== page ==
Grove had a career strikeout-to-walk ratio of 1.91 while the league average was .9. His ratio was 2.11 times the league average and that was 4th best. Grove allowed 162 HRs in his career while the average pitcher allowed 232. That is a ratio of .698 (162/232). That is the 15th lowest ratio. The difference is 70, and that was 19th best. The X means that a guy was not in the top 50 in a category. Generally, these pitchers showed that they could hold down opponents' runs no matter who the fielders behind them were since they rank so high in strikeout-to-walk ratio relative to the league average and HRs allowed relative to the league average. That indicates that they were quality pitchers (or run preventers) independent of their fielders.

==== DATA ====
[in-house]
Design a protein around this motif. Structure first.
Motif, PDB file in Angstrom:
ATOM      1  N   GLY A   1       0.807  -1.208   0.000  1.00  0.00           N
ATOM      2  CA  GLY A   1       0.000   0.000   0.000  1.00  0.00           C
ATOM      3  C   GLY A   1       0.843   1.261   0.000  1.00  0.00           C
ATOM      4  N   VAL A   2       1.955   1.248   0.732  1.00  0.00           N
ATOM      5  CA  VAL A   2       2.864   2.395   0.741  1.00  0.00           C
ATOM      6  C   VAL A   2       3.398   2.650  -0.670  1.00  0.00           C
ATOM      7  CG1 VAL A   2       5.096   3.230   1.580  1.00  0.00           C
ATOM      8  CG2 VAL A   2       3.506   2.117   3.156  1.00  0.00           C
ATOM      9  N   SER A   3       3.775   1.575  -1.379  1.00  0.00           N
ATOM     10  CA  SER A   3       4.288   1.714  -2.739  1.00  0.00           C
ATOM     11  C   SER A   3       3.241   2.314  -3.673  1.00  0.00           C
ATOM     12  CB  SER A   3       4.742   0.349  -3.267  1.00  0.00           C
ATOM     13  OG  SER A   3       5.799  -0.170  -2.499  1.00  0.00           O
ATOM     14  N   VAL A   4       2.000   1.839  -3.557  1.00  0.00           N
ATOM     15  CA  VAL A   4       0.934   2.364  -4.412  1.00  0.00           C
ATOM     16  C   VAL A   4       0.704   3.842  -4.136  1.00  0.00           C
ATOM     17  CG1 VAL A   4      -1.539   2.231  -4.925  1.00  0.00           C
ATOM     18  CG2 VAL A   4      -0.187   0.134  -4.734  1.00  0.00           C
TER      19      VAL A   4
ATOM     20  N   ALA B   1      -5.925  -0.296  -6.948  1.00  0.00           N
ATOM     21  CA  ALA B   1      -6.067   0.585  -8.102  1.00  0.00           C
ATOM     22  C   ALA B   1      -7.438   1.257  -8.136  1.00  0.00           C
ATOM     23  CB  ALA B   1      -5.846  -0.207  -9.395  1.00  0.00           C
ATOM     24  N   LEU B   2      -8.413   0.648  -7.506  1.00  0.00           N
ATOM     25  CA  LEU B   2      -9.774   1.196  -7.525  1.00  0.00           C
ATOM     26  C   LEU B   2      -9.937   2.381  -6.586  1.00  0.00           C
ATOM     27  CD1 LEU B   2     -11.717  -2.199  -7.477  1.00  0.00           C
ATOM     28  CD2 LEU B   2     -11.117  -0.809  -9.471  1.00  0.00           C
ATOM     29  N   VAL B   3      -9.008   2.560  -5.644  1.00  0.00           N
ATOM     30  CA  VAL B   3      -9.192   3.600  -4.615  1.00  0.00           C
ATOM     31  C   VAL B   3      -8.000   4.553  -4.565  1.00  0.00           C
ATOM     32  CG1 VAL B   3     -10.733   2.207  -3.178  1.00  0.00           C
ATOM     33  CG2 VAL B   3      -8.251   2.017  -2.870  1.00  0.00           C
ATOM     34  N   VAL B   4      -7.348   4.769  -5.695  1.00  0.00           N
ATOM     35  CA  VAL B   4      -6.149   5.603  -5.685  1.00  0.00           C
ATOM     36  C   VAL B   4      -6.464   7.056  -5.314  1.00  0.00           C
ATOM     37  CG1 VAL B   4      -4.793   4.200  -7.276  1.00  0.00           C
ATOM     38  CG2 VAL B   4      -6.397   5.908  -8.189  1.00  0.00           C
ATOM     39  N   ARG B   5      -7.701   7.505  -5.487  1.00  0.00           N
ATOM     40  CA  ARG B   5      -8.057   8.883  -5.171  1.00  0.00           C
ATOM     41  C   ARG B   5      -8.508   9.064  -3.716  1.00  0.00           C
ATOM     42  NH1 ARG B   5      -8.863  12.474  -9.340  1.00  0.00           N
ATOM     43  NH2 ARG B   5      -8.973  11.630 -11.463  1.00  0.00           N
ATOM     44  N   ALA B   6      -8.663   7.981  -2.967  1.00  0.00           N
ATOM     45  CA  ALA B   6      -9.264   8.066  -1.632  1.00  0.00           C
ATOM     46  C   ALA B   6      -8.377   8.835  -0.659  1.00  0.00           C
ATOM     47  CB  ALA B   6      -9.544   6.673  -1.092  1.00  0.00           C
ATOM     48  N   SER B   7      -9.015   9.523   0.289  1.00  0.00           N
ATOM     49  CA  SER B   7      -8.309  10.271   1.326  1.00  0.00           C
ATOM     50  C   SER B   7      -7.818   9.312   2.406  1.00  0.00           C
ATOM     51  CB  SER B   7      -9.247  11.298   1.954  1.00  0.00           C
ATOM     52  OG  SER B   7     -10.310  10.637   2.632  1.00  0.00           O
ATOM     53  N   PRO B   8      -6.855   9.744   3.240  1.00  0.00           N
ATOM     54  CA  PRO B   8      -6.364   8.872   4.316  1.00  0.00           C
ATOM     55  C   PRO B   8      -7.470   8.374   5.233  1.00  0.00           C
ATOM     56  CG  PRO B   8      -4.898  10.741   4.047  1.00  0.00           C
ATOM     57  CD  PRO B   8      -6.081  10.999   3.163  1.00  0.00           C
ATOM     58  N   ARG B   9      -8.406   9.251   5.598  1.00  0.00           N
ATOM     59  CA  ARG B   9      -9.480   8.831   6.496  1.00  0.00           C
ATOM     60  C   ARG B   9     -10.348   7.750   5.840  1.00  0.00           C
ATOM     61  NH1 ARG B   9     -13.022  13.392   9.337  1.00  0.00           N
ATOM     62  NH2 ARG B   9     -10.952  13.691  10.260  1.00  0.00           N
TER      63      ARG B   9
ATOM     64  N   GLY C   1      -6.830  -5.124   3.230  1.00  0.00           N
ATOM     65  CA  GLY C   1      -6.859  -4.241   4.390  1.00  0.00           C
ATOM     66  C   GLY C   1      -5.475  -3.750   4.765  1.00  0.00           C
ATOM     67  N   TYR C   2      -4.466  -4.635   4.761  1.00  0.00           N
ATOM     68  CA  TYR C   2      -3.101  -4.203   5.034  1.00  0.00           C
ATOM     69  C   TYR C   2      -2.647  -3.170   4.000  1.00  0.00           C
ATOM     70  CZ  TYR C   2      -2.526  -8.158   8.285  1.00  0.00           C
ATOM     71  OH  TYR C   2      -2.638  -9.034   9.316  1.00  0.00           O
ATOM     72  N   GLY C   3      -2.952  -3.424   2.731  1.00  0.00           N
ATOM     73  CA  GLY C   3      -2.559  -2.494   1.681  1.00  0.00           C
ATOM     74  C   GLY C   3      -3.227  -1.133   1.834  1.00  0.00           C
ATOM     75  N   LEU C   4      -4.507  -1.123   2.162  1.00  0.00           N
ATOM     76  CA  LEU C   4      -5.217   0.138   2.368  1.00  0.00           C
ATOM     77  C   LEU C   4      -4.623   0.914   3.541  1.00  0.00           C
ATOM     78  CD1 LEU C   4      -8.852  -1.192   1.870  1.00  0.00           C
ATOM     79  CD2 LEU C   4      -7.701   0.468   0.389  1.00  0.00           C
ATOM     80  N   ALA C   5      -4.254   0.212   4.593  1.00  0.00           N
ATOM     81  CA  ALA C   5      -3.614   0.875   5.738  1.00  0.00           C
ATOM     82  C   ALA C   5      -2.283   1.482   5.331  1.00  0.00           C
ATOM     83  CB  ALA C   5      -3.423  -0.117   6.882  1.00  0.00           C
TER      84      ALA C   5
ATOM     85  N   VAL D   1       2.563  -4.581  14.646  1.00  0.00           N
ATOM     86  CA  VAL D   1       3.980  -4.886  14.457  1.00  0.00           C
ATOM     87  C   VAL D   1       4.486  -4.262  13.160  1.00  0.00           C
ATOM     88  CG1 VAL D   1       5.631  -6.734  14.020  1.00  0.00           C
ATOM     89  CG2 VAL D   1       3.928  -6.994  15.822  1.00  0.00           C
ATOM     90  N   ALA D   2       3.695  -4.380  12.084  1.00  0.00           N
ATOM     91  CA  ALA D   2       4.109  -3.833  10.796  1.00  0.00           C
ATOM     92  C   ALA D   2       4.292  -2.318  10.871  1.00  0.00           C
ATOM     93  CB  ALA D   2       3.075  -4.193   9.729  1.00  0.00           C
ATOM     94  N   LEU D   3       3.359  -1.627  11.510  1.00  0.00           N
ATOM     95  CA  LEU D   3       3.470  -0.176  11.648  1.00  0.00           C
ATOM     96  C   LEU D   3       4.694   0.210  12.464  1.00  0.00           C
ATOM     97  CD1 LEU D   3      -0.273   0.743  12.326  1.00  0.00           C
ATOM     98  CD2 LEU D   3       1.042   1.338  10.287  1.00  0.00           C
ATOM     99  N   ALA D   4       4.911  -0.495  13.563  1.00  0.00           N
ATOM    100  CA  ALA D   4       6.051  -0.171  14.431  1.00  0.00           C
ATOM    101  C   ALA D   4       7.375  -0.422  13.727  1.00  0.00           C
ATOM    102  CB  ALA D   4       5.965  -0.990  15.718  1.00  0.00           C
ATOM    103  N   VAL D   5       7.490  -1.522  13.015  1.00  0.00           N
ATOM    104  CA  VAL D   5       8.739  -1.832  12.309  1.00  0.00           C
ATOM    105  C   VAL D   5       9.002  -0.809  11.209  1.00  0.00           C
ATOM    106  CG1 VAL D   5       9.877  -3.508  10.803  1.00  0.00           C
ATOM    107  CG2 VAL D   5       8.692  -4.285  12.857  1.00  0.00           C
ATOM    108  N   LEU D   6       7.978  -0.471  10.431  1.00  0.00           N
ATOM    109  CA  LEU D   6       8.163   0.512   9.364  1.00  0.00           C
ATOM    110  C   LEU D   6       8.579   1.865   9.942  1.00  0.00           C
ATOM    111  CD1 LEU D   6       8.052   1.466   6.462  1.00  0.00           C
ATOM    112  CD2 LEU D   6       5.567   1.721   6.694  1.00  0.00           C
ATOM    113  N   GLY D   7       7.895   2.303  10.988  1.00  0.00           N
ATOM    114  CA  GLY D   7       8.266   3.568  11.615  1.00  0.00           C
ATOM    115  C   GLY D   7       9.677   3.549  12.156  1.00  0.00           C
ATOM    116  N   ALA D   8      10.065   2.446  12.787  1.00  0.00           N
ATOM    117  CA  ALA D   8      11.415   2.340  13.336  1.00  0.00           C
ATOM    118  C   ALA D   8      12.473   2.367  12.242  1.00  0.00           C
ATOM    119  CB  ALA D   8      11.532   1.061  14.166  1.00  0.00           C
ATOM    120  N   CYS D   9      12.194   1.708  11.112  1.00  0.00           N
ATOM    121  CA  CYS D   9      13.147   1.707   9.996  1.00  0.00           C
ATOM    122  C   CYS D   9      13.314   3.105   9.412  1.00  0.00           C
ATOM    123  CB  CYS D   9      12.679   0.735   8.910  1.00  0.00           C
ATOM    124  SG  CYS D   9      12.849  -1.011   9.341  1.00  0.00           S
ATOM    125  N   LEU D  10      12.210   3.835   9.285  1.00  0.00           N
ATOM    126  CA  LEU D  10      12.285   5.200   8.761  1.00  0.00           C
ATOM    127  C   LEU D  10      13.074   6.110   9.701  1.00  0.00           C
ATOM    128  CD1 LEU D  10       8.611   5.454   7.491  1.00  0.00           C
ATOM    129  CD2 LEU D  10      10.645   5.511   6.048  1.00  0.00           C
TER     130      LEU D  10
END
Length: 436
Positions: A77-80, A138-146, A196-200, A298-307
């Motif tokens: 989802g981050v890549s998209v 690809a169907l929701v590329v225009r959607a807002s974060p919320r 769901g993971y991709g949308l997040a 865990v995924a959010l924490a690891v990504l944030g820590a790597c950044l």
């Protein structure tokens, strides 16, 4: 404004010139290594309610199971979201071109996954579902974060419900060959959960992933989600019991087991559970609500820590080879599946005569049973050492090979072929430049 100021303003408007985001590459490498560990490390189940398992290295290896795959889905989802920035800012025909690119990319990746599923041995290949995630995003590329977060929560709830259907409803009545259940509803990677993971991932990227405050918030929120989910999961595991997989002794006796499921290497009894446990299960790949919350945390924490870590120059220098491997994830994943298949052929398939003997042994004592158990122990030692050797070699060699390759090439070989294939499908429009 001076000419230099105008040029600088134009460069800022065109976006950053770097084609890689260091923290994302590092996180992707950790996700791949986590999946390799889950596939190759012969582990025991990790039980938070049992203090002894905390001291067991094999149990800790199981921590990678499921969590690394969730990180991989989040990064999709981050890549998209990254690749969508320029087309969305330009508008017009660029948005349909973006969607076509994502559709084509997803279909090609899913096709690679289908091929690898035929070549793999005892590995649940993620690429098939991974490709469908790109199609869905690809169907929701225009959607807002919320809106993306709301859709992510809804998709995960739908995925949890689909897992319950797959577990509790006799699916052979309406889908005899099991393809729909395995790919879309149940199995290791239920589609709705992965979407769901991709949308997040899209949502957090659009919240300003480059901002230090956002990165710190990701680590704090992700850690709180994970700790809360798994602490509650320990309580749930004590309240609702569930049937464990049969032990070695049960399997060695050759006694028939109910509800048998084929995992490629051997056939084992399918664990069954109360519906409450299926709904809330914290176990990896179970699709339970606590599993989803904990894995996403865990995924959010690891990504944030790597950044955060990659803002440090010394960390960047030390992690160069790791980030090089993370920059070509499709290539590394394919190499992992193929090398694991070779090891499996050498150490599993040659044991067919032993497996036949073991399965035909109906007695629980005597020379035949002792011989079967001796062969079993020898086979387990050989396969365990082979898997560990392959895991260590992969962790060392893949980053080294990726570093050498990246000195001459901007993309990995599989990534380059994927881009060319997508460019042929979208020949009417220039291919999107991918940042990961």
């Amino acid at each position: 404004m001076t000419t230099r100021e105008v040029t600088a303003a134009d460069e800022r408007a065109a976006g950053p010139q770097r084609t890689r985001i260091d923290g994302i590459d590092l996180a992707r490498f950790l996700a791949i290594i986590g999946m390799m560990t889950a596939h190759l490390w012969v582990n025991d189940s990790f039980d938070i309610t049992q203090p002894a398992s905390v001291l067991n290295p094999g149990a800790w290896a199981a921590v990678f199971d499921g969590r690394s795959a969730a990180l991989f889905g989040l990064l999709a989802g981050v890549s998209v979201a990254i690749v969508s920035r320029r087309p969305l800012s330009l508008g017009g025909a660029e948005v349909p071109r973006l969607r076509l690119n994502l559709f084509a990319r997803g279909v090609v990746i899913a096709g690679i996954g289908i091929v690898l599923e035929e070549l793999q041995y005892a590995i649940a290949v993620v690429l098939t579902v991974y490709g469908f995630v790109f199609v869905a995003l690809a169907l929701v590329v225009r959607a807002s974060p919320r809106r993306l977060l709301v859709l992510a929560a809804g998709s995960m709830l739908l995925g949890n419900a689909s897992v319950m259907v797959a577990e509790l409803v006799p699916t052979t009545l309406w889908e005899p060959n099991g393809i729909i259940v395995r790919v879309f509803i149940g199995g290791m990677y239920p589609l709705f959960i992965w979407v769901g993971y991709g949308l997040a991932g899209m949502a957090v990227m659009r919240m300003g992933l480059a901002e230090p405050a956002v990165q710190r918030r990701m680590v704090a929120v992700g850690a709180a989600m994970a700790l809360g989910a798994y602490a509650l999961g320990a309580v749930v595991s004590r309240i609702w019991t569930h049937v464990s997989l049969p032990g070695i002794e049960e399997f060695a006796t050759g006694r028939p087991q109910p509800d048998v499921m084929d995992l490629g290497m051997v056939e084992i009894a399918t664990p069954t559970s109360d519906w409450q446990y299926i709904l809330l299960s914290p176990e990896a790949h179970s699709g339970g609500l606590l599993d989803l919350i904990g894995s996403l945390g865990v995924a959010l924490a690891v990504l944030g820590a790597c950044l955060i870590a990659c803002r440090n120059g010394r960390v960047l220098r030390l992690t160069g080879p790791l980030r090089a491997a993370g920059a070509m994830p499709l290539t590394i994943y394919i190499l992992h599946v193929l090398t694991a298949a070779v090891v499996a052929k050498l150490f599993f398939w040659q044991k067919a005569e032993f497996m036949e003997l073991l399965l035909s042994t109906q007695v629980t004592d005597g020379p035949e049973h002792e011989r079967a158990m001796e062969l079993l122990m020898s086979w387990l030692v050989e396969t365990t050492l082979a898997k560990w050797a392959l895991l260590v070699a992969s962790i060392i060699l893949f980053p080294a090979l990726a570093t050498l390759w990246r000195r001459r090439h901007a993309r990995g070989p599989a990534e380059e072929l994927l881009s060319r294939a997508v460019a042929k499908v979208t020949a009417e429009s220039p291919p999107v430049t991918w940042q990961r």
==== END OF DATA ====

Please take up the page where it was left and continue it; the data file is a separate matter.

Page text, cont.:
Technical notes: I first compiled a list of all pitching seasons with at least 7 RSAA. In case one of the top 5-year periods got left out, I looked at the career records of all pitchers who had at least one season with 40+ RSAA. Since I was looking for consecutive 5-year seasons, if a guy had, say, a sequence of seasons with RSAA totals of 70, 70, 6, 70, 70, his 5-year total would be 276 but he would have initially gotten left out. The only pitcher who ranked highly that I found by this secondary check was Lefty Gomez who had a sequence of 57, 22, 3, 69, 41. Bob Feller would have had a 5-year total of 194 over the years 1939-41, 1946-47. The missing years were for World War II. He did pitch in 1945 after his military service ended but he only pitched 72 innings that year. Randy Johnson in 1998 split some time between the Mariners and the Astros. When I compiled the list of pitchers I did each league separately. Johnson had 4 RSAA with the Mariners and that could be added to his total for the 1998-2002 period. It would go up to 270 but it would not change his rank.There were no other top pitchers on the lists here who split time one in a single season between the two leagues.